To get to the point, RTD and Moffat were always afraid of alienating new fans by referencing material they know next to nothing about. If they were going to bring in something from Old Who, it would be rebooted and re-contextualized to the point where it might as well be completely new. This was something they more or less admitted to, by the way. They intentionally didn't want to dig too deep into the recesses of the Doctor's ancient history because they were more interested in telling their own stories and creating their own monsters.
And that's fine, really, but one thing Old Who fans are often quick to point out is that it often seems like anything "new" they create tends to have something almost exactly like it from the already established and obscenely overly-documented canon. The sliver of effort required to take an idea and fold it into the vast well of canonical material would generally have been worth it just to throw in a little fan-service.
However, starting with "The Snowmen", the show has taken a very interesting shift towards acknowledging Old Who in almost every episode.
"The Snowmen" and "The Bells of St. John" both involve the Great Intelligence, a lesser-known villain from Old Who during the Troughton era, and he appears to be the Big Bad for the remainder of this series. In "The Rings of Akhaten", the Doctor openly and freely states that he had a granddaughter that he used to travel with, something he had always danced around in New Who. In "Cold War" we see the return of the Ice Warriors, another monster from the Troughton era (with some additional appearances in the Pertwee era). While "Hide" doesn't incorporate any direct references, its general tone and style feel incredibly different from almost any other episode in New Who, though I wouldn't say it's particularly Old Who-feeling either.
And in "Journey to the Centre of the TARDIS", we have references galore, mostly through little artifacts scattered about and ghostly voices of previous doctors and companions.
More importantly, the Doctor himself feels older. From Series 5 through the mid-point in the current series, Smith's Doctor has been very bouncy and excitable. He felt surprisingly wise, but still very spry and adventurous. After the loss of Amy and Rory, however, he became a lot more crotchety. Not quite in the same way as Eccleston's Doctor. Honestly, he seems very reminiscent of Hartnell's Doctor. Deliberate, a little grouchy, a bit obstinate, and just plain old. For the youngest actor to ever play the Doctor, I don't think anyone else has ever made the character feel quite as ancient as Smith has during these past few episodes.
There's no reason to ask why there's been a sudden fondness for the good old days. We all know that this is the year of the 50th Anniversary of "Doctor Who". We have an episode bringing back the Cybermen, a finale supposedly revealing the name of the Doctor, and a special somehow bringing back Rose Tyler and Handy (the half-human Doctor clone regenerated from his hand).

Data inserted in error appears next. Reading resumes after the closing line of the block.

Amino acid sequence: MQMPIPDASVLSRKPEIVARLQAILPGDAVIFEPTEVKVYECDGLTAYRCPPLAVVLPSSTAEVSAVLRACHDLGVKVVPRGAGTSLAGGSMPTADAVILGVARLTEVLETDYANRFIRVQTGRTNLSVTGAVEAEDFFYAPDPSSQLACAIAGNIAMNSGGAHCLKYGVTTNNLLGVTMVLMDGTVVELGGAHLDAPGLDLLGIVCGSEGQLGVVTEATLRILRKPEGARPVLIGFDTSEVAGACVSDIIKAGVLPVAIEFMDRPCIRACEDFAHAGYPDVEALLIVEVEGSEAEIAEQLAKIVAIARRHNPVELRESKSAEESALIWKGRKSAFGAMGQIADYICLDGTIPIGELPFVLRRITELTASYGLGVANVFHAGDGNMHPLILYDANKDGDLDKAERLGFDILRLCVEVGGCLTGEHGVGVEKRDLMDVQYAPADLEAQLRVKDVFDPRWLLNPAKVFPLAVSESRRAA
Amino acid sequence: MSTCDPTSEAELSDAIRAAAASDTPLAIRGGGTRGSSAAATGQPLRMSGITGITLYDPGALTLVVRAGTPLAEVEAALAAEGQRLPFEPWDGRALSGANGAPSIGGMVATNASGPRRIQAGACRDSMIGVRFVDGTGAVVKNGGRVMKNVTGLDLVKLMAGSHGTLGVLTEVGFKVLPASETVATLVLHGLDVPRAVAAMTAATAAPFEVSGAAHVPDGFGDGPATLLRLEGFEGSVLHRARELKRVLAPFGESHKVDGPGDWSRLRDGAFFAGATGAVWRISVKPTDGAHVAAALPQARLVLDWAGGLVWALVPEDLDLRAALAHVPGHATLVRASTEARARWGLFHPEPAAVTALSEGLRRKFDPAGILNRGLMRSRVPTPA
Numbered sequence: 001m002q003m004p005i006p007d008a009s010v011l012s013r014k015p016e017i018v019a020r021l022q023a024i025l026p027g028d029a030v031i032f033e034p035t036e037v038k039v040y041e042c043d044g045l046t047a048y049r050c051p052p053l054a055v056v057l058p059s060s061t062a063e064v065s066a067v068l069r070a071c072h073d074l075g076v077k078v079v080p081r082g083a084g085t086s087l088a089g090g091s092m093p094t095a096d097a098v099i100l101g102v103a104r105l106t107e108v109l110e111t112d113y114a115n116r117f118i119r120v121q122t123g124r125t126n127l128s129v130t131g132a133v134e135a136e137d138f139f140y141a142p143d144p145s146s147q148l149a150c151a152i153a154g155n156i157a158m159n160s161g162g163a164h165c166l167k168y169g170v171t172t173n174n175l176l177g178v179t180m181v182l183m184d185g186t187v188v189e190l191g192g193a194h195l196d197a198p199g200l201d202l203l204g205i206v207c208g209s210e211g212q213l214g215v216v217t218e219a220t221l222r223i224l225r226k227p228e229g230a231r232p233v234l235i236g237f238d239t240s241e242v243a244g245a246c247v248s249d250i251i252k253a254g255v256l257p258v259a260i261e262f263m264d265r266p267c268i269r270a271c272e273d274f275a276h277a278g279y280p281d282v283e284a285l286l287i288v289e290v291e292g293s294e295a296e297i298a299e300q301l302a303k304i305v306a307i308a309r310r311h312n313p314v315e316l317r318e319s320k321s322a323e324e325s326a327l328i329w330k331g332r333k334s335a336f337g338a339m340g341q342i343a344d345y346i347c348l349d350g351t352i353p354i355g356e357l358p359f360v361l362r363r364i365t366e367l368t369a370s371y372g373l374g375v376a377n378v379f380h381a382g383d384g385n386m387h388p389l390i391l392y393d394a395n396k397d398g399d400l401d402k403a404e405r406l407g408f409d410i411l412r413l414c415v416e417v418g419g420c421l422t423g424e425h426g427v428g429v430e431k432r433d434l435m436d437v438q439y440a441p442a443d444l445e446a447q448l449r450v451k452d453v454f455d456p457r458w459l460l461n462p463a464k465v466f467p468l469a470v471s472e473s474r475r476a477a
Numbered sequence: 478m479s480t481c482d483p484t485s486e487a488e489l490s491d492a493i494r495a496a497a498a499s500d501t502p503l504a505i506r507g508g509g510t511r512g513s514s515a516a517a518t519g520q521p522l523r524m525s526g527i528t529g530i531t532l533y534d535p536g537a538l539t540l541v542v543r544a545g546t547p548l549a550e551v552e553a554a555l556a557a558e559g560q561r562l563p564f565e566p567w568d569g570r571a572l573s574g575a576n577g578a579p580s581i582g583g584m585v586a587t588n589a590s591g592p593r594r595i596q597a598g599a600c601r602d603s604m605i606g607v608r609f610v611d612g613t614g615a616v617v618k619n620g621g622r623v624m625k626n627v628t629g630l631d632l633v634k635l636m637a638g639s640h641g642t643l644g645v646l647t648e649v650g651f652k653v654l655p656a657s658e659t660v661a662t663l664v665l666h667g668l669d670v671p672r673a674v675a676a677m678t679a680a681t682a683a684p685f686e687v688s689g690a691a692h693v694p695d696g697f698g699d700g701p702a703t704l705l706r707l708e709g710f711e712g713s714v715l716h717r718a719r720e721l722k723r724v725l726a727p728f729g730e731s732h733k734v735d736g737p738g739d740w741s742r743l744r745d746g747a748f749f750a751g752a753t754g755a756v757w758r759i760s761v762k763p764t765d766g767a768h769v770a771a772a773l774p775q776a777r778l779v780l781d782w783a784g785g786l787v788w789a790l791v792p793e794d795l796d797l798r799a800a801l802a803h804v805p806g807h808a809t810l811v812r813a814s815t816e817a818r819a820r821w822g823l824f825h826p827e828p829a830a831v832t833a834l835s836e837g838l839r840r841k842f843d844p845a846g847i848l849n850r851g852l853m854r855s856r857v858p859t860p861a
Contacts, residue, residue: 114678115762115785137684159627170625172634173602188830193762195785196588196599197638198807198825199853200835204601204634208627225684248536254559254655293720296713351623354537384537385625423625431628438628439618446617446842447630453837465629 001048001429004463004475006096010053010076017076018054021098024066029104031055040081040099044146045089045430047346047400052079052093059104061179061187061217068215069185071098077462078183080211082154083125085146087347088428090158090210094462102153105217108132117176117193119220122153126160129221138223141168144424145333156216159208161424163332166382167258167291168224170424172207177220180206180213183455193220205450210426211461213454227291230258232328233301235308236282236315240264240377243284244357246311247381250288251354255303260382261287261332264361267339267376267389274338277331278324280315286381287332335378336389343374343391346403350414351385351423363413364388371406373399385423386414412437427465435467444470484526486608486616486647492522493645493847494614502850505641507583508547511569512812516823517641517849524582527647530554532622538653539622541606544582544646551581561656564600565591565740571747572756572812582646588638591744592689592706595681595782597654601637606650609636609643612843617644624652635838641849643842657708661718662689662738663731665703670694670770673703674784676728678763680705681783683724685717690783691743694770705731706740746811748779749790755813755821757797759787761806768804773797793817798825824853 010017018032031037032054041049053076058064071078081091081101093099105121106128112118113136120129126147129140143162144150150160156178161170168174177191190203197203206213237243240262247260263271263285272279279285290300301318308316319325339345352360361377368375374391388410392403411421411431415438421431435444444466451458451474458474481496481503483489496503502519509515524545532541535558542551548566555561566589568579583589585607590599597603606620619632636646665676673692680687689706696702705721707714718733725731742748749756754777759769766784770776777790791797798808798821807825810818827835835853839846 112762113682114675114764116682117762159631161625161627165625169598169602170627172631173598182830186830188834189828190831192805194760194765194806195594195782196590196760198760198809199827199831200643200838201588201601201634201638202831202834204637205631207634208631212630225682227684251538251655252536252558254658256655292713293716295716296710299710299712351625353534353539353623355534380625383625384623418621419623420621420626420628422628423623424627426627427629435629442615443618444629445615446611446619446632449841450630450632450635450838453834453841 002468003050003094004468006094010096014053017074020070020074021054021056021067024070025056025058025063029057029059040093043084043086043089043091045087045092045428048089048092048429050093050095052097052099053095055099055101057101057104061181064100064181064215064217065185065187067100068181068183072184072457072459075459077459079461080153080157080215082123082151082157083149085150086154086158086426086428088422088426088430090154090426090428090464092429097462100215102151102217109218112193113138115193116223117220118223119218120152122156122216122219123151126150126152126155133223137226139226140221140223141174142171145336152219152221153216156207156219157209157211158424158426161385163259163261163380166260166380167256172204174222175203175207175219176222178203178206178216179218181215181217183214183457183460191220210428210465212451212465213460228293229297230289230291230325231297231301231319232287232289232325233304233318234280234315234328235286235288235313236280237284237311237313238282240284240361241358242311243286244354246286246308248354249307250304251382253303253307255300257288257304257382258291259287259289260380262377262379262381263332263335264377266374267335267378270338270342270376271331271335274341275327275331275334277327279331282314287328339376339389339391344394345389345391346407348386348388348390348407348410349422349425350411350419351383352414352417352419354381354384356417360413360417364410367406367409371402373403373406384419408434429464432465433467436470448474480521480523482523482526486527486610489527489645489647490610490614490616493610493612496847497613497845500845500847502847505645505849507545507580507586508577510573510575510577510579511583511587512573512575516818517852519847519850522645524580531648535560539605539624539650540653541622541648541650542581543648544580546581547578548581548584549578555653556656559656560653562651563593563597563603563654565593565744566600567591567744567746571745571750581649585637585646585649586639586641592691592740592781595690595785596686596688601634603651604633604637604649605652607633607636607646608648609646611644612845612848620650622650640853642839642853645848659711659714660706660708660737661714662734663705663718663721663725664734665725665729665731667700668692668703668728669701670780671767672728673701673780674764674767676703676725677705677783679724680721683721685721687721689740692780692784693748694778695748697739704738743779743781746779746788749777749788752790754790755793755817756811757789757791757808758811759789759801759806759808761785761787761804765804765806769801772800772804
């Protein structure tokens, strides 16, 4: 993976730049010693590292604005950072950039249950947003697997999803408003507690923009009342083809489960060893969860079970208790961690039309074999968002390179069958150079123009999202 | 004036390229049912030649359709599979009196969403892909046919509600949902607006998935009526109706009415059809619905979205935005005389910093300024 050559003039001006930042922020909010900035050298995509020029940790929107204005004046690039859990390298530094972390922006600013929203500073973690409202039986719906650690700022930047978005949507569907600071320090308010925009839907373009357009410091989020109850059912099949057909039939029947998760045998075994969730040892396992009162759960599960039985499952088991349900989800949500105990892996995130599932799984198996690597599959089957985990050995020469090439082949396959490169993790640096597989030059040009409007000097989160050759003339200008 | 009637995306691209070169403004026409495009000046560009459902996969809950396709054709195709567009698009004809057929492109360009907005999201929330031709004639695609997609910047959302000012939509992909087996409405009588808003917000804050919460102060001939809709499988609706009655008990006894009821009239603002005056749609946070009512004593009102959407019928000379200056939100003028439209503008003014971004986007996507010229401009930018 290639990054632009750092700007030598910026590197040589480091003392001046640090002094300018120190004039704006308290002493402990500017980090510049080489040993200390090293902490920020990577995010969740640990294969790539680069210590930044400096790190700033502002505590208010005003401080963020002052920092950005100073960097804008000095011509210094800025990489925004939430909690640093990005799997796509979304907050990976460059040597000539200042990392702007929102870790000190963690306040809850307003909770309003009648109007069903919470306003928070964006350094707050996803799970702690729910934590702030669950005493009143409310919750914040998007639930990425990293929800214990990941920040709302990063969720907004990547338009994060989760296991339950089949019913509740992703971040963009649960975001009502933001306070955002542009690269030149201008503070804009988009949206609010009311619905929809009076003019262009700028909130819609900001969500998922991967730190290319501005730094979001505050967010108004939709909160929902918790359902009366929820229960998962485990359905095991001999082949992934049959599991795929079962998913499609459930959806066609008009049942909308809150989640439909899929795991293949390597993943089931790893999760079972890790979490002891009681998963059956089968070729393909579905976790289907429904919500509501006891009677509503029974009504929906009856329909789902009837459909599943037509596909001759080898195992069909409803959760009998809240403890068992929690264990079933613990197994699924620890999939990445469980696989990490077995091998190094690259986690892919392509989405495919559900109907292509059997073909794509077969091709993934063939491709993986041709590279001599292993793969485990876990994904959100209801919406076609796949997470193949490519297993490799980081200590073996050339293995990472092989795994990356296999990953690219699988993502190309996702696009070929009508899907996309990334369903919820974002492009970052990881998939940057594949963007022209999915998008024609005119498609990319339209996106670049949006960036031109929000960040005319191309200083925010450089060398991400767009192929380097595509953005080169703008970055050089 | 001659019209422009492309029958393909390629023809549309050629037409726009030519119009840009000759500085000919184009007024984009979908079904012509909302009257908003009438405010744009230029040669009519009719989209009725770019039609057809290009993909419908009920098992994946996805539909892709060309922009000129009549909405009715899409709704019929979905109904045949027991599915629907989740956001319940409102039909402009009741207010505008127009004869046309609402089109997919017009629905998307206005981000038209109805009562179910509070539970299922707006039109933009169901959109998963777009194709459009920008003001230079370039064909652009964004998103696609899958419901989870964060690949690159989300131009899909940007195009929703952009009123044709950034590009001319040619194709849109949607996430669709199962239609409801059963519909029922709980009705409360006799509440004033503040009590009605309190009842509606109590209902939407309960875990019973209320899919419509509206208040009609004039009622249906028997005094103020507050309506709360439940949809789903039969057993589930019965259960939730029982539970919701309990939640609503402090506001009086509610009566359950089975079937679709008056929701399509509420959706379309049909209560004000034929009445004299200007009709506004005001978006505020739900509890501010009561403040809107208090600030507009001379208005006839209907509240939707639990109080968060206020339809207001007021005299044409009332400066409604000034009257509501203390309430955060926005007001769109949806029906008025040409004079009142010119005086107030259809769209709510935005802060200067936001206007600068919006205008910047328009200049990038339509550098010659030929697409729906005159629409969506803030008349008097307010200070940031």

Still, I find this shift in direction fairly promising. Even if the episodes haven't been terribly excellent, if there's some master plan at work, it could really pay off in a big way, particularly for some jaded old fans.
That said, I also was willing to give Moffat some rope during Series 6. His first episode was stellar, but hinged on the promise that the Doctor would die, which was one hell of a pickle that Moffat wrote himself into. I truly believed that he had already worked out his plan, but when the series ended, it was relatively clear that Moffat had no idea how he was going to write his way out of it, and so the end was a pretty massive disappointment, especially since the supposed death of the Doctor has been in no way consistent with his behavior in Series 7.
So it's entirely plausible (and even probable) that Moffat set himself up to reveal the true name of the Doctor with no real plan on how exactly he was going to handle it. I fully expect him to cop out at the end or give us something massively unsatisfying.
Then again, it's important to note that the identity of the Doctor is the one plot point that Moffat has had brewing since "Girl in the Fireplace" in Series 2. In that episode, Madame de Pompadour reads his mind and remarks on how he's hiding something behind his name. Then in Series 4's "Silence in the Library"/"Forest of the Dead", we find out that River Song knows his name and that there's only one reason she would. Much later on when the Doctor marries River, he supposedly tells her his name, but he actually just gave her a clue to make it clear that he would survive her attempted murder. Now it's clear that "Doctor Who?" is apparently the first question ever asked in the history of the universe and that its answer is somehow very dangerous. I would not be surprised if the identity of the Doctor is something that Moffat had spent a lot of time pondering as a life-long fan and eventually thought of an answer that excited and satisfied him enough to make a part of his own head-canon, and once he started getting brought in to write more and more for the show, he started leaving in bread crumbs just in case he ever got the opportunity to make it actually happen. Once he got the opportunity to act as show-runner, he decided that this would be his claim to fame and that he would dedicate his entire run to build up to the moment when he would finally reveal the Doctor's name and blow all our minds.
Or he's just making this shit up as he goes along.
I guess we'll find out in a few more weeks.